Estate Planning

Philip M. Flanigan - Estate Planning

When it comes to estate planning, what's not done is often the biggest mistake made. Even people who realize the importance of proper planning often don't have a proper plan in place.

From psychological difficulties in facing one's own mortality to the more mundane problem of simply finding the time, the reasons people avoid developing an estate plan are as diverse as the individuals themselves. Still, nearly everyone—from the wealthy to those of very modest means—can benefit from a well-designed plan.

Without any estate plan in place, federal and state laws dictate how property, personal items and assets are divided, with no regard to the individual's wishes. Conflicts due to family issues and legal problems often result, tying up the estate and slowing down the distribution of assets. Additional administrative expenses and taxes, which must be deducted from the estate, can also reduce its overall value before distribution.

While a Will often serves as its cornerstone, a true estate plan encompasses many more facets and presents a broader picture of your current estate and how it might look upon your death.

In many instances, a trust may be created as part of the plan to specify how assets may be managed during life, at death, and even for generations beyond. Other documents, such as powers of attorney and health care powers, which specify who may act on your behalf in legal, financial and medical matters, if you are unable to do so, should be included.

An estate plan can serve as a road map, guiding you to the goals you would like to achieve.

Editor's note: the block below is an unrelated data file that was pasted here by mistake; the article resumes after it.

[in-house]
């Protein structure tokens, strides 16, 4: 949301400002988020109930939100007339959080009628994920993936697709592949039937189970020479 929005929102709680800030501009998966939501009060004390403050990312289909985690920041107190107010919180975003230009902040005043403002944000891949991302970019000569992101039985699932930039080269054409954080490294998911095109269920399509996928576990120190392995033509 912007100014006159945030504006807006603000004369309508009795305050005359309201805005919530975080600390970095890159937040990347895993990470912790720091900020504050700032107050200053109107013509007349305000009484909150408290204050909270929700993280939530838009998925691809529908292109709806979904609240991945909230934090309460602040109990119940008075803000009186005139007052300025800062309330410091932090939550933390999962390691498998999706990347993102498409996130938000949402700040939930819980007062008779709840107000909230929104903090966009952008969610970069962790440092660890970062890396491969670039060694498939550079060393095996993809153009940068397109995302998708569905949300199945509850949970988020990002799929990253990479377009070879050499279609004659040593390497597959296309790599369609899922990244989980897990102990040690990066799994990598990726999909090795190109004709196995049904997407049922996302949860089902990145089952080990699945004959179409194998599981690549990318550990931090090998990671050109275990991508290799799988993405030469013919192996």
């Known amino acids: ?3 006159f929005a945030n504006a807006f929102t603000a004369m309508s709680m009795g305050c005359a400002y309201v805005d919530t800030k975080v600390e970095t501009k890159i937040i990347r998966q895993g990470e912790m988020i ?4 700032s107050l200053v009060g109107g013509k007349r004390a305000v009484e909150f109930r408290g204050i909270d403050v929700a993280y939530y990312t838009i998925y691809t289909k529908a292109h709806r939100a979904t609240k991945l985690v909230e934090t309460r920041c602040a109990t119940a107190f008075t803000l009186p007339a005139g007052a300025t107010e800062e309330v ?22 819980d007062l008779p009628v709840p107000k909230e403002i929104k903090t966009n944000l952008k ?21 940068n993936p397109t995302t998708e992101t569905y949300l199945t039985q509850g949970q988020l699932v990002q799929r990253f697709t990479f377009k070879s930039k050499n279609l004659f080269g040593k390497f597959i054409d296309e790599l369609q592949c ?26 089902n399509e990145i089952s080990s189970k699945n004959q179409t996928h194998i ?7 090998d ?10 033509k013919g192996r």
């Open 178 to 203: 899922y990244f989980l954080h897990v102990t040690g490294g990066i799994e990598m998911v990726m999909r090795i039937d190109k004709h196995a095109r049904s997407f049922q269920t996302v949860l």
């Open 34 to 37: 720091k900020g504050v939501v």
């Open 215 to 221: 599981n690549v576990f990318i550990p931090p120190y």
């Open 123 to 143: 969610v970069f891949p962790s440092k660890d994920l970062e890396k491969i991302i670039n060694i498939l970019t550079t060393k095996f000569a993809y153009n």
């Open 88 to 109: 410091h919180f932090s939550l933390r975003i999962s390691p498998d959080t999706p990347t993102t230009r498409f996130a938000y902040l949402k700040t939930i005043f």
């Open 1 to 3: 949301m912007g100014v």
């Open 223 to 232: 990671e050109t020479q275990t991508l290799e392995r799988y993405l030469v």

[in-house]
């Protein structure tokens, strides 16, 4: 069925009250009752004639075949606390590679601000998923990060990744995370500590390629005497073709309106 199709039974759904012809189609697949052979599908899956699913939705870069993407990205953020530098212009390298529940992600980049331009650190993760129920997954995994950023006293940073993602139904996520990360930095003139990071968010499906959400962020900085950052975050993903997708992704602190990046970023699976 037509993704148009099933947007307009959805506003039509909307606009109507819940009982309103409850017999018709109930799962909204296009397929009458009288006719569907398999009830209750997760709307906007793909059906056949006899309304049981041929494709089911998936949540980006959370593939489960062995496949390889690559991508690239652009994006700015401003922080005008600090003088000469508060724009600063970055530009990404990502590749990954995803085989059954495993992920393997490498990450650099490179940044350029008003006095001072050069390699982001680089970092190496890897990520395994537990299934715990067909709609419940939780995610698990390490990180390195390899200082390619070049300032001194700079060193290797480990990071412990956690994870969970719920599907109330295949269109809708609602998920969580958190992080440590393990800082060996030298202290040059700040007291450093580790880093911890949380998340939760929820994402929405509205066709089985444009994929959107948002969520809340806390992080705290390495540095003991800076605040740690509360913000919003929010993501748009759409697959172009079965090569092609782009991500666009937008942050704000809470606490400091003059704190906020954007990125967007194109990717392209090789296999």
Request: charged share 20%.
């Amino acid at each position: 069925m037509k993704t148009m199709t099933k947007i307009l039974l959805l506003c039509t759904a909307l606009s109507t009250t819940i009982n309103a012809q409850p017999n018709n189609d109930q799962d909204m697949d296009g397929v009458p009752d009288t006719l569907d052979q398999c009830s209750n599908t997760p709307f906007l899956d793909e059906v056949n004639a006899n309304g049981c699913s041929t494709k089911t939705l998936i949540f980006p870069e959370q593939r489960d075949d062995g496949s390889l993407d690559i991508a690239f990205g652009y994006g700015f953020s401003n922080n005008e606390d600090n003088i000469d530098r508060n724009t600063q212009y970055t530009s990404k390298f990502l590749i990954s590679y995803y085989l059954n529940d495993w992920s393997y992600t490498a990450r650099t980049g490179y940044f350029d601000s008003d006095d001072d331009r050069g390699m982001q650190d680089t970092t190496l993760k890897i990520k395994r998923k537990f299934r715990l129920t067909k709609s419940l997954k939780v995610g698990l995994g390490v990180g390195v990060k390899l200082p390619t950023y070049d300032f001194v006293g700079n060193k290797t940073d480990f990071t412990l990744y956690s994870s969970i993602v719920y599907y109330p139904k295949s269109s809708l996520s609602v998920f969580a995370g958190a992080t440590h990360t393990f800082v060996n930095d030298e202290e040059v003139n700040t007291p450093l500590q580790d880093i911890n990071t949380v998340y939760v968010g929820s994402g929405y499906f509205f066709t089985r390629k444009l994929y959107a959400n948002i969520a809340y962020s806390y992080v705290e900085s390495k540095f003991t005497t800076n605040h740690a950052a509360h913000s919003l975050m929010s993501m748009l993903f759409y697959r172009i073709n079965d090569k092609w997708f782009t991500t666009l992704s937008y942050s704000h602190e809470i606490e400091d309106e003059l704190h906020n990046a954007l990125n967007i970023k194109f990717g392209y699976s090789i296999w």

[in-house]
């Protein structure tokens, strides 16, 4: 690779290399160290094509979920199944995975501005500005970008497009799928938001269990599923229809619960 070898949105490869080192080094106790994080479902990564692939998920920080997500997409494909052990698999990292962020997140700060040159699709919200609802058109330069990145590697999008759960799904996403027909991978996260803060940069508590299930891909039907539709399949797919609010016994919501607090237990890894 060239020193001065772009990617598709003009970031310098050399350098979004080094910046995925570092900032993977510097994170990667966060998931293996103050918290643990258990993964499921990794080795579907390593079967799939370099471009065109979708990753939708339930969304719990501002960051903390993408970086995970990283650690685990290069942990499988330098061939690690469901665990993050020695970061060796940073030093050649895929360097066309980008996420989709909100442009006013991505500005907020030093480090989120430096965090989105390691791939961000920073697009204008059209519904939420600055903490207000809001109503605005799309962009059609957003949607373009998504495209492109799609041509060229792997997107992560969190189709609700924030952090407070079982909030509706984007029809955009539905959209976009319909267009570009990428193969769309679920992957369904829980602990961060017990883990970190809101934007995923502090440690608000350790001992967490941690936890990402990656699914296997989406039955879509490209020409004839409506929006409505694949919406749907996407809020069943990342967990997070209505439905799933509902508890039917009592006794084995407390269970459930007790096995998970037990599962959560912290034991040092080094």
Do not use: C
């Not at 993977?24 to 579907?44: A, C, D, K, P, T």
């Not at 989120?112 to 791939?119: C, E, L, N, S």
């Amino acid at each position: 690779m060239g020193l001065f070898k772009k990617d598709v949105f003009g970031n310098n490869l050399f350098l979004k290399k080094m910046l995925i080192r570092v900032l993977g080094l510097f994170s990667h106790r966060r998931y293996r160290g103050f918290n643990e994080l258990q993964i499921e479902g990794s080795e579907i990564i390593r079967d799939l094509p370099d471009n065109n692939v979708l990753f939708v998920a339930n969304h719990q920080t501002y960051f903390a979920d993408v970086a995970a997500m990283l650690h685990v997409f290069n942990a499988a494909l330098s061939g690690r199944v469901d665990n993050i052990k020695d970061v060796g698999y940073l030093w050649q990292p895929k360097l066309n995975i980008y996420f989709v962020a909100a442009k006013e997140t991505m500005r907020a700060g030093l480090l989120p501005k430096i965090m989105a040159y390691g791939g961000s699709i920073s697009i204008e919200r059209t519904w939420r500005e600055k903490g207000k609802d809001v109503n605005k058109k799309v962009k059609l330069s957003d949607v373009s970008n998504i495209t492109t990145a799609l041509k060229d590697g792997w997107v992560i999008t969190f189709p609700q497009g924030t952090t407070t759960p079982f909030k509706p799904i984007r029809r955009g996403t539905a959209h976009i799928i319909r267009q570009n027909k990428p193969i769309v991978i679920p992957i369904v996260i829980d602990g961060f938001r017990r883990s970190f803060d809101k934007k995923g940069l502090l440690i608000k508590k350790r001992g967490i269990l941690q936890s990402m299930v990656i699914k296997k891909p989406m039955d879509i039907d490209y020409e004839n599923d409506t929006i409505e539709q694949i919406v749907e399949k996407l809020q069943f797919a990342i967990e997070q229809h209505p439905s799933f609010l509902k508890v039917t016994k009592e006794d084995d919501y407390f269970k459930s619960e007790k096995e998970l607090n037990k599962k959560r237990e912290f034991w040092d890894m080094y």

The estate planning process is different for every individual. Not everyone is in the same life stage, nor do they have the same objectives and income needs throughout life. As individuals grow older, their goals may change, but at any stage in life, most individuals want to manage risk, accumulate assets and preserve assets with their estate plan.

Establish Goals and Objectives

In order to transfer the majority of your assets and wealth to specific beneficiaries, property must be distributed without conflict, administrative expenses and taxes must be reduced and payment of unavoidable estate expenses must be made quickly.

  • Distribution Without Conflict—Your distribution objectives should be centered around how you want to distribute your property. And the broad definition of property includes more than just real estate. It includes your financial and tangible assets as well. Once you have decided how you want to pass on your possessions, evaluate your current ownership situation. Throughout your life, you should revisit your property ownership to make sure that it is not in conflict with your distribution objectives.
  • Reduce Expenses—Another goal of your plan should be to reduce expenses. Specifically, a good plan will look for ways to reduce estate taxes and avoid probate taxes while still meeting your distribution objectives. Estate planning is an ongoing process that attempts to preserve assets so that they may be passed on to your survivors according to your wishes.
  • Pay Expenses Quickly—The final goal of estate planning is to make sure sufficient funds are available to pay estate expenses when they are due and to pay them in the most efficient manner. Accomplishing this increases the chance of your estate being distributed to beneficiaries in a more timely manner.
  • When constructing your estate plan there are three major concepts to keep in mind. You should calculate the assets you own and determine the type of ownership associated with it. You should evaluate what kinds of property transfers you want to make before and after your death. Finally, you should become familiar with how estate shrinkage occurs and the kinds of death and estate taxes that exist.

 

©2011 Phillip M Flanigan Attorney at Law